James Schlesinger was the first US Secretary of Energy, a Republican picked by President Jimmy Carter to head the department just after it was formed. Schlesinger had served in the presidential cabinet before, leading the Department of Defense from 1973-1975 and playing a significant role in national nuclear policy. As Secretary of Energy he worked to consolidate the department’s functions, which had previously been distributed across several agencies, and funded several research efforts, including one of the first federal investigations of the impact of carbon dioxide on our atmosphere.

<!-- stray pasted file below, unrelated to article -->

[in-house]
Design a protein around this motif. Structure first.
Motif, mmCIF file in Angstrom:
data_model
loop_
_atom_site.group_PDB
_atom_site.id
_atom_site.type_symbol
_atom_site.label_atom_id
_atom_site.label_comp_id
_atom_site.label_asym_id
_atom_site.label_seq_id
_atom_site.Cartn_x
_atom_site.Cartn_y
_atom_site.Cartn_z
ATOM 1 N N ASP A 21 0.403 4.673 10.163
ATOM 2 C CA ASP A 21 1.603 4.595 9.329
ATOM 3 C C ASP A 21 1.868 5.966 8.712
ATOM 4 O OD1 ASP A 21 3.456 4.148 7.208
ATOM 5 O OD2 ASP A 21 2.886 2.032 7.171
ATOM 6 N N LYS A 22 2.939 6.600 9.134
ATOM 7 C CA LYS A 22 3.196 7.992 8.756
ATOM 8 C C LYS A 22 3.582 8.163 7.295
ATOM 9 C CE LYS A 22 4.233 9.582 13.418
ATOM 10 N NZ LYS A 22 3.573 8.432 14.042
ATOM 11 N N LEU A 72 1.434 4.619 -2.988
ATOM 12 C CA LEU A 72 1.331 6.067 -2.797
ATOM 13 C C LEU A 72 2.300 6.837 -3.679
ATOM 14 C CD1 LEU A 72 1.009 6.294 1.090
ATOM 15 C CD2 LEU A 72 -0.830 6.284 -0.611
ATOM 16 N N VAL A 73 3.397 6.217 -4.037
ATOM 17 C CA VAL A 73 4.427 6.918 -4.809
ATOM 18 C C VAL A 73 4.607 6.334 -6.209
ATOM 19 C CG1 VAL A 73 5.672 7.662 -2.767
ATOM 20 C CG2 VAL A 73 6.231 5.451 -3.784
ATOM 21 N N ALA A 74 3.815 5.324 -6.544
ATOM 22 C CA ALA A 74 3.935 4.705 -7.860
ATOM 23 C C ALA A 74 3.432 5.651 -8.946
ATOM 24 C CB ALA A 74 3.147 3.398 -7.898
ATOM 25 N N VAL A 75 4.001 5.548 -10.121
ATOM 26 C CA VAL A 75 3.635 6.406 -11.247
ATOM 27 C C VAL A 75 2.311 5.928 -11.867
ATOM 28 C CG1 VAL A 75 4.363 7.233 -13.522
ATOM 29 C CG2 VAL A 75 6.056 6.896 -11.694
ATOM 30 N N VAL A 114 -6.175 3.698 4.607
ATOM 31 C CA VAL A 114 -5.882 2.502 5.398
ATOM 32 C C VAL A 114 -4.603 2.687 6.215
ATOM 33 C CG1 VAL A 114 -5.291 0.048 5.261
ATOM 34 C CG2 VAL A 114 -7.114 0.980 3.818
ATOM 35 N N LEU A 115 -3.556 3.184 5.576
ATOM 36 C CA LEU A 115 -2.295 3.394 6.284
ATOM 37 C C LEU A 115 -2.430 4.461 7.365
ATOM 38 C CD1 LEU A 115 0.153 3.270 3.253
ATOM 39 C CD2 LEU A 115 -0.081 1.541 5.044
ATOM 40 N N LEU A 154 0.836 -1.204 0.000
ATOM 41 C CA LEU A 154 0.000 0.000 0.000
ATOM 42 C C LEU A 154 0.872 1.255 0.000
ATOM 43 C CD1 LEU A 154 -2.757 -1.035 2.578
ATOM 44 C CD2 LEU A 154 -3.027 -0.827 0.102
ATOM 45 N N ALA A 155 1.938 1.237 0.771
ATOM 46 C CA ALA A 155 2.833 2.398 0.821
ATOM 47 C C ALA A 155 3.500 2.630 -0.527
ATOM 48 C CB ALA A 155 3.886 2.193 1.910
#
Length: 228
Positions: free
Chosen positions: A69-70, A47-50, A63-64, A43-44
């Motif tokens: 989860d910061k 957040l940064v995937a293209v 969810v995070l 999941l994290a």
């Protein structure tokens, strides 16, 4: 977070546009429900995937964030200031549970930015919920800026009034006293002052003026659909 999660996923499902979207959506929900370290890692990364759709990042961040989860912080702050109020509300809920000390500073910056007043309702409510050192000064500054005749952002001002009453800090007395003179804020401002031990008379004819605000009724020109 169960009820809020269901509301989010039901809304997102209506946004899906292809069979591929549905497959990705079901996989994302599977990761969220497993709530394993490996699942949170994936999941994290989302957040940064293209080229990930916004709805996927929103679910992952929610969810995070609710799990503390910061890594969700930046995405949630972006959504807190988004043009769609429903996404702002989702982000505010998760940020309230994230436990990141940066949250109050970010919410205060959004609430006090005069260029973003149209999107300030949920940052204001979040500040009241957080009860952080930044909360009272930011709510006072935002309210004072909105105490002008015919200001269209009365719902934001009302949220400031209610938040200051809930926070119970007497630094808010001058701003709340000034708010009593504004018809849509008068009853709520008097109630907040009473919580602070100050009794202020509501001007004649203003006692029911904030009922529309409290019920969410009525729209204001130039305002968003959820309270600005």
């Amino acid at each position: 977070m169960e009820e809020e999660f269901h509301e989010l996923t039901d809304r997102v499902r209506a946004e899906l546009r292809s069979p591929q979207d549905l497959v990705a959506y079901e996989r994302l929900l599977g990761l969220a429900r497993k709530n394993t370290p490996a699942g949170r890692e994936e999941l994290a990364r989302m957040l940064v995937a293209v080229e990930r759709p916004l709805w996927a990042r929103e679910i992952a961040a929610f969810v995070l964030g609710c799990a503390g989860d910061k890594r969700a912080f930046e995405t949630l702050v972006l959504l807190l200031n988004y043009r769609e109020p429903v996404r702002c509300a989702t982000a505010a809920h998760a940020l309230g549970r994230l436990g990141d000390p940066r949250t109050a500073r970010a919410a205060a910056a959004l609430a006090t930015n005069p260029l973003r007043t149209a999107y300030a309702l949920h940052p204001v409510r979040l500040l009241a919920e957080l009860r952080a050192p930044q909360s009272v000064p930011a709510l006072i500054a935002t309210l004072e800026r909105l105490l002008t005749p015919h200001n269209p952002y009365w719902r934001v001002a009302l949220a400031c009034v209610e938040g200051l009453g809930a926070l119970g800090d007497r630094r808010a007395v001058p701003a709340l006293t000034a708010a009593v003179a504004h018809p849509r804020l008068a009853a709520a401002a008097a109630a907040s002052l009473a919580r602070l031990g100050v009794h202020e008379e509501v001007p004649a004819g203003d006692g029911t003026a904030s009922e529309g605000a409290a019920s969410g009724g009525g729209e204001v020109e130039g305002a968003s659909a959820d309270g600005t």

1979-1981: Charles Duncan Jr.

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Department of Energy

The second Secretary of Energy nominated under Carter, Duncan had also previously served as Secretary of Defense. Carter was nonetheless criticized for the selection because Duncan, a former executive in the coffee industry, had no direct experience with oil. As secretary, Duncan worked on negotiations with OPEC during a tough period in the global oil economy.


1981-1982: James Edwards

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Department of Energy

James Edwards was President Ronald Reagan’s first, briefly-serving Secretary of Energy. A former governor of South Carolina with a background in oral surgery, Edwards was known as a proponent of nuclear energy, and, like Perry, was implicated in a promise to dismantle the Department of Energy (he didn’t).